More than 260,000 U.S. college students studied abroad in 2009, according to the Institute of International Education, with scores more taking short-term trips to experience life in other countries. You won’t count many college athletes among them.
Parker Goyer, a former Duke University tennis player, hopes to change that. Three years ago, she started a program called Coach for College, which places college athletes in Vietnamese villages every summer to work with local children. Sixty-seven athletes are scheduled to take part this summer, with the first camp starting next week. The athletes will work with up to 960 Vietnamese middle-school students, teaching them how to play basketball, soccer, tennis, and volleyball, and giving lessons in biology, physics, and English.
Now a Rhodes Scholar studying at the University of Oxford’s Said School of Business, Ms. Goyer started the program after observing that few college athletes had the time or ability to spend a semester abroad, and that many also lacked opportunities to do meaningful community-service work.
“Sports in the U.S. have gotten so competitive, you start playing at 5, 6, 7, and specialize really early. If you go on to play at a high level in college, it’s almost like your main focus–playing four hours a day and trying to get by academically,” she said in an interview. “Coach for College helps students become less one-dimensional–to become good citizens that contribute to society.”
She chose Vietnam, a country where she says just 2 percent of the population has a college degree, on the advice of a Duke faculty adviser, and she made connections through a fellow student who had a parent working there. “It’s a developing country, but it’s stable and safe,” Ms. Goyer says. “It offers the kind of experience you’d hope to have as a student-athlete, especially if it was your first time outside the U.S.”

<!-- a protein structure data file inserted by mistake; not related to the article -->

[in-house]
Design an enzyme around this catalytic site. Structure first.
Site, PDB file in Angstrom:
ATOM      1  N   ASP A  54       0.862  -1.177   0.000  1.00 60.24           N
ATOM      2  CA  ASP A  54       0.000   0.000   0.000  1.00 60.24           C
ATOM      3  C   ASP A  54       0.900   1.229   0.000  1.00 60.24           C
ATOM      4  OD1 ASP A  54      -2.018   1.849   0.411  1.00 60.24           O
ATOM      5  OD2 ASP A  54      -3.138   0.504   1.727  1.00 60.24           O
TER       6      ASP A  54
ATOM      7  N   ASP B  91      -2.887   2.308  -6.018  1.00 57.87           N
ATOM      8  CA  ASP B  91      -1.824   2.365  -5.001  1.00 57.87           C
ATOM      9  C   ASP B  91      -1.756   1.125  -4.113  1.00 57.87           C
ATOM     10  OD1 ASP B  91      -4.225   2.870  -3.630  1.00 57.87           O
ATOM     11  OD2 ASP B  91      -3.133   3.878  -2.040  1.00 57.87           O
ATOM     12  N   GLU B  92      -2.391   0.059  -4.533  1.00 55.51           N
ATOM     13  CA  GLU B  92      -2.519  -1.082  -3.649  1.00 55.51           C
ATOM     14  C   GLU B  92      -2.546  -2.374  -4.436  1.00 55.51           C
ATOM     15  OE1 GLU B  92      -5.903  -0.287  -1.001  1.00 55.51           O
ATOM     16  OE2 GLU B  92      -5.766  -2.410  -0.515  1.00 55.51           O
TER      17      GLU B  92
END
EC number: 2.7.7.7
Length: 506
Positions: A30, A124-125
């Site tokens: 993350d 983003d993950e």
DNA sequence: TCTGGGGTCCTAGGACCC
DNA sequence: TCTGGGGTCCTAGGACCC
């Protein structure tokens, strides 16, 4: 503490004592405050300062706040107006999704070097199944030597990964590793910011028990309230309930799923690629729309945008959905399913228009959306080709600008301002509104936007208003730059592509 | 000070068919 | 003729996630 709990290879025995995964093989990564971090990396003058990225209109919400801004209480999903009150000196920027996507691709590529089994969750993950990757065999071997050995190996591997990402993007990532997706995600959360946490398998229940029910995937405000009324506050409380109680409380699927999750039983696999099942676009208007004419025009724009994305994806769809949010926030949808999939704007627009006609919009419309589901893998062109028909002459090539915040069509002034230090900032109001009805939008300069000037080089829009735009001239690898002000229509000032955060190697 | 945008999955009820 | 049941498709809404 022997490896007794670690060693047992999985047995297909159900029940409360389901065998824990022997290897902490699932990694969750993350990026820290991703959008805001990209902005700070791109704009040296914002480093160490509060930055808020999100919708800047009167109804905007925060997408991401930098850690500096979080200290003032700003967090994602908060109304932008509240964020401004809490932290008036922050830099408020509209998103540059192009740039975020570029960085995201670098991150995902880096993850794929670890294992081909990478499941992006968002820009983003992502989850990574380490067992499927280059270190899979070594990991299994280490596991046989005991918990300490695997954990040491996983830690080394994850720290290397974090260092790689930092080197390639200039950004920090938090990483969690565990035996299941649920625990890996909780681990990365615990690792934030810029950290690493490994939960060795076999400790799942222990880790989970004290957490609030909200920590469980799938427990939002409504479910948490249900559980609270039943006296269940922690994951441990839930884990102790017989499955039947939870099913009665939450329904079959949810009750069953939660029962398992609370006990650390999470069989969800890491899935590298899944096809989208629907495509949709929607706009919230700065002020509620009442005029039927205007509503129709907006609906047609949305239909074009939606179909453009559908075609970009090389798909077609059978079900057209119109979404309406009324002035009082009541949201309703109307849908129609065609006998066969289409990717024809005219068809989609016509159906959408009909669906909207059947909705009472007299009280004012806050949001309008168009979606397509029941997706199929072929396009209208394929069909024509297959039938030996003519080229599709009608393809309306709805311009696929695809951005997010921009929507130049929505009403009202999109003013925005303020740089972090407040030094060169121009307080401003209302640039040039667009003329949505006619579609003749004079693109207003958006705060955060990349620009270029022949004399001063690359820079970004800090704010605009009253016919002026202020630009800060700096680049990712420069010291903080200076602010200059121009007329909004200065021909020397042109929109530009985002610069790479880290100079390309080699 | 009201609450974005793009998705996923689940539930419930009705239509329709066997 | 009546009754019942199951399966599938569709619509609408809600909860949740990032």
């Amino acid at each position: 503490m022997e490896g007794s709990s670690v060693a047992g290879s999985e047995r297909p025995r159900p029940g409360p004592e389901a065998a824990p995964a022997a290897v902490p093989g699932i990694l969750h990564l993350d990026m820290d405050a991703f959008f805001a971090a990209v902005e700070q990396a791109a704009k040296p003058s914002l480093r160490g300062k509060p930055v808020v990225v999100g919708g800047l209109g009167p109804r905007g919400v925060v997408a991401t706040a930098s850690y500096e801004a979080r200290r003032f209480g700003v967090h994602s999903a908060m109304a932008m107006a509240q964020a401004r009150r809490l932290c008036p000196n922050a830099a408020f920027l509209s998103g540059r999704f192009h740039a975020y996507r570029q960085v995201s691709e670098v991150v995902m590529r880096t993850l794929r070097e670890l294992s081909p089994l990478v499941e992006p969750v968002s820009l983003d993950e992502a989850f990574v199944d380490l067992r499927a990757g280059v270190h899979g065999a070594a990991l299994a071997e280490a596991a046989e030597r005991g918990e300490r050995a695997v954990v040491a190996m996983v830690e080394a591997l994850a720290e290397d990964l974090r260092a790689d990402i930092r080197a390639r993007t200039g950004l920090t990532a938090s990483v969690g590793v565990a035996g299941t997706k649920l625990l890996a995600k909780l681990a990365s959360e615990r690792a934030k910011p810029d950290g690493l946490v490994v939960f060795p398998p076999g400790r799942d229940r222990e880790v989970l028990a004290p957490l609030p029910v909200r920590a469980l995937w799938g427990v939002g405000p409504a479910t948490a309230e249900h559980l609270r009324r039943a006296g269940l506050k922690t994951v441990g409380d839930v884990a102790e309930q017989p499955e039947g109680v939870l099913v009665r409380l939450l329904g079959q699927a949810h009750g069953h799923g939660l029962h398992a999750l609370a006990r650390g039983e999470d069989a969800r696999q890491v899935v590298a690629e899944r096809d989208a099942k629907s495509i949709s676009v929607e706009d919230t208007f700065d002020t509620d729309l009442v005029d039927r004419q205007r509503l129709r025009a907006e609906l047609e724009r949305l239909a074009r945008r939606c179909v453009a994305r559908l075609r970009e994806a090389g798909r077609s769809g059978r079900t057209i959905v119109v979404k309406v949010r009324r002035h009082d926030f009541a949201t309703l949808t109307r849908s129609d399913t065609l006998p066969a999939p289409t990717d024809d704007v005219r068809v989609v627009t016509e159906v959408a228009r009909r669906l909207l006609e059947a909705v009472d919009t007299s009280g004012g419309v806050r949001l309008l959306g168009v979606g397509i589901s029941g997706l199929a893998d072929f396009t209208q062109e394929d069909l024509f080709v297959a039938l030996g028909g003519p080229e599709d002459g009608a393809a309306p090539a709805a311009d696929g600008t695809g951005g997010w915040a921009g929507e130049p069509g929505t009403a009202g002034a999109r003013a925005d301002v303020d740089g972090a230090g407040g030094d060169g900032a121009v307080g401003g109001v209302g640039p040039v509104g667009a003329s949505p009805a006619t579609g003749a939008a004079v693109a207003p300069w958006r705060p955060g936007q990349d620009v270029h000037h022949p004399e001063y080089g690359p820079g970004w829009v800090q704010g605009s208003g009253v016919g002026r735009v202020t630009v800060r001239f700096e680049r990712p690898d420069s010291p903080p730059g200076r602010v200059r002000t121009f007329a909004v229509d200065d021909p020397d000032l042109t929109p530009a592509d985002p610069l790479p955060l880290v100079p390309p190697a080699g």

One of this summer’s participants is Christine Nguyen, a Vietnamese-American gymnast from the University of North Carolina at Chapel Hill, who will be making her first trip to the country. She will teach alongside athletes throughout the Atlantic Coast Conference.
All 12 ACC member institutions have signed on to the program this summer, up from four last year. Each university made a financial contribution–up to $2,500 per athlete–and every player has to come up with another $1,500 by tapping family and friends. Through its International Academic Collaborative, the ACC kicked in $67,800, and several individuals, organizations, and companies also contributed. They include the NBA and Visa, which persuaded Ms. Goyer to add a financial-literacy component to the curriculum.
Because she is living in England, Ms. Goyer’s fund-raising abilities have been limited this year, but she has big plans for the program. She wants to expand Coach for College, which is now being administered by the Duke Center for Civic Engagement, across all of college sports, and eventually operate it as its own nonprofit organization.
“I hope it can be the next Teach for America, but internationally,” Ms. Goyer says. The program’s overall goal is to reduce the school dropout rate in rural areas of Vietnam, and to empower rural Vietnamese students to attain higher education. Ms. Goyer, who spent last summer interviewing Vietnamese students for her own graduate research, plans to use Coach for College to study the obstacles Vietnamese youth face in obtaining a degree. After Oxford, she is headed to Harvard University to complete a doctoral program in education.
She recently was asked to contribute a chapter to a forthcoming book, Education as a Humanitarian Response, on how programs like hers can help vulnerable children. And she sees her role as twofold: “I want to be a social entrepreneur,” she says, “but I also want to be a respected academic, too.”
More information on the program, including how to make a donation, is available on the organization’s Web site.Return to Top